Dennison-Leonard '16 Receives $30K Watson Award
Gaela Dennison-Leonard ’16 has been named a Thomas J. Watson Fellow for 2016-17. Her project “Robes for the Modern Woman: Monastic Women and Community Strength” will take her to India, Malaysia, Thailand and Australia.
Dennison-Leonard and Benjamin Wesley ’16 were among 40 national winners of the fellowships from among 152 finalists. Each fellow receives a $30,000 stipend for a year of travel and exploration outside the U.S. Thirty Hamilton students have received Watson Fellowships over the past 18 years.
Major: Geoscience and Sociology
Hometown: Portland, Ore.
High School: Woodrow Wilson High School
A geoscience and sociology major, Dennison-Leonard studied in Thimphu, Bhutan, in 2014. Her project grew out of her interest in gender equality and safe spaces for women, along with her involvement in Hamilton SAVES. “I’ve been interested in religion as long as I can remember, although I’ve never been religious,” she remarked. “I’ve always been curious about the community and sense of support and belonging that a religious group can provide, and the inspiration and meaning belief can bring into a person’s life.”
Summarizing her project, Dennison-Leonard explained: “Monastic women devote their lives to internal betterment and serving others, and religious communities can provide refuge and support to women who would often be denied independence, education and basic human rights. Through religious groups women can address wider community needs, yet in the modern world, these women often face enormous obstacles before and after entering monastic life,” she observed. Dennison-Leonard said she will immerse herself in women’s monastic orders and activist groups, and hopes to learn from their accomplishments and struggles to connect with and serve the wider community while they stay true to their beliefs.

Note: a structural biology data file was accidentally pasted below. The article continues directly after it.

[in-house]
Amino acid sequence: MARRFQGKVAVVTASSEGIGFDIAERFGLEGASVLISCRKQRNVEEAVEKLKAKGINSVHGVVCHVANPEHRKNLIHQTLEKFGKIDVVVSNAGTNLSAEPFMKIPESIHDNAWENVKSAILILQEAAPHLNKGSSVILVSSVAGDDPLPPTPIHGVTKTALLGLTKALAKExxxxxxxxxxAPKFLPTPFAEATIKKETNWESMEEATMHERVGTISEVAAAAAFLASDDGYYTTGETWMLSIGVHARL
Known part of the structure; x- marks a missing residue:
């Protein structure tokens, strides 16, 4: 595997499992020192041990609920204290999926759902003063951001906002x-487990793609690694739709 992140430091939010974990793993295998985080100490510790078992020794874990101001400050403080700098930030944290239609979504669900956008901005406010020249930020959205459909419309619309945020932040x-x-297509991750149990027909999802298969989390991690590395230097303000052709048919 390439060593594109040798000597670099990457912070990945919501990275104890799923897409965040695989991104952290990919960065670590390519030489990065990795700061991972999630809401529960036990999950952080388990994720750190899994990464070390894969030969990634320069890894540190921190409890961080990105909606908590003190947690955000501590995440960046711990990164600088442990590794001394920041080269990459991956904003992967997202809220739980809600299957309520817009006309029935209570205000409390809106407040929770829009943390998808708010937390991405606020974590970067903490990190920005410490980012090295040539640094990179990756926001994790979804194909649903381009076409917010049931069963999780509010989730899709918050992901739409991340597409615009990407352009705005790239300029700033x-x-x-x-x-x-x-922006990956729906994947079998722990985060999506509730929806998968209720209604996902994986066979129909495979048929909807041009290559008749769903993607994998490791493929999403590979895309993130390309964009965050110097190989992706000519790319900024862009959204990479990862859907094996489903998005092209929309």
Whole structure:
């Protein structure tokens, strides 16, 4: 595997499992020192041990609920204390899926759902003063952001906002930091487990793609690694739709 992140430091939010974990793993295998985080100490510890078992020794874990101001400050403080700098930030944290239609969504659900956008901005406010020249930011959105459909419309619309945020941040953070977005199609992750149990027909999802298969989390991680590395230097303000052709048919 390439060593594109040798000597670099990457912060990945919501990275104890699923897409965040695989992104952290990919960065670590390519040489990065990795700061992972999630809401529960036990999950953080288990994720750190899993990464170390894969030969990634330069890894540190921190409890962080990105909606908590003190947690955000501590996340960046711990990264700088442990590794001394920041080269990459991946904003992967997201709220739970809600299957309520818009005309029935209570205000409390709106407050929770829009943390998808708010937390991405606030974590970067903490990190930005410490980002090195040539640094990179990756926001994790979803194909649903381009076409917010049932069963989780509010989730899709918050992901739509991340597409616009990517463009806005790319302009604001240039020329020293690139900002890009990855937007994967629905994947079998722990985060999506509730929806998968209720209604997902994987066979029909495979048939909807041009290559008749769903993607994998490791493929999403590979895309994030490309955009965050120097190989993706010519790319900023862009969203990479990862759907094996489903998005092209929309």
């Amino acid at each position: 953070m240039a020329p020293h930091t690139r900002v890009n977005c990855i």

She recalled, “When I studied abroad in Bhutan, I became much more aware of systemic gender inequalities for Buddhist monastics in many countries. The first time I visited an abbey for Buddhist nuns, the moment I stepped through the gate I felt such a powerful sense of safety and serenity, even though their life is often devalued and disrespected. I had never felt anything like it, and I knew I had to learn more. The focus of my project really became clear to me,” she explained.
In India Dennison-Leonard will explore how monastic education shapes girls’ lives, preserves Tibetan culture and affects the villages and families outside monastery walls. She’ll also study organizations that work to empower adolescentDalit girls (formerly “untouchables”) though literacy programs, vocational training and health education.
In Malaysia she’ll learn about the role of Buddhism in end-of-life care and connect with nuns in monastic settings.
Dennison-Leonard will live in a monastery in Thailand and learn about lay connections, opposition and the nuns’ welfare and advocacy work. In Australia she’ll explore how as historic communities of Catholic nuns are changing as many young nuns are immigrant women of color.
“This journey is not about me becoming a nun or even becoming a Buddhist,” Dennison-Leonard concluded. “It is to learn about the journeys of women today, within and beyond religion, and their roles in addressing personal and community challenges.”
At Hamilton Dennison-Leonard was elected to Phi Beta Kappa honor society in February. She is a resident advisor, a barista at Café Opus, a member of the women’s lacrosse team, and peer advocate and co-chair for Hamilton SAVES (Sexual Assault and Violence Education and Support).
The Thomas J. Watson Foundation was created in 1961 as a charitable trust by Mrs. Thomas J. Watson, Sr., in honor of her late husband, the founder of IBM. In 1968, in recognition of the Watson’s long-standing interest in education and world affairs, their children decided that the Thomas J. Watson Fellowship Program should constitute a major activity of the Foundation. Since then, the Fellowship Program has granted more than 2,800 awards, with stipends totaling more than $29 million.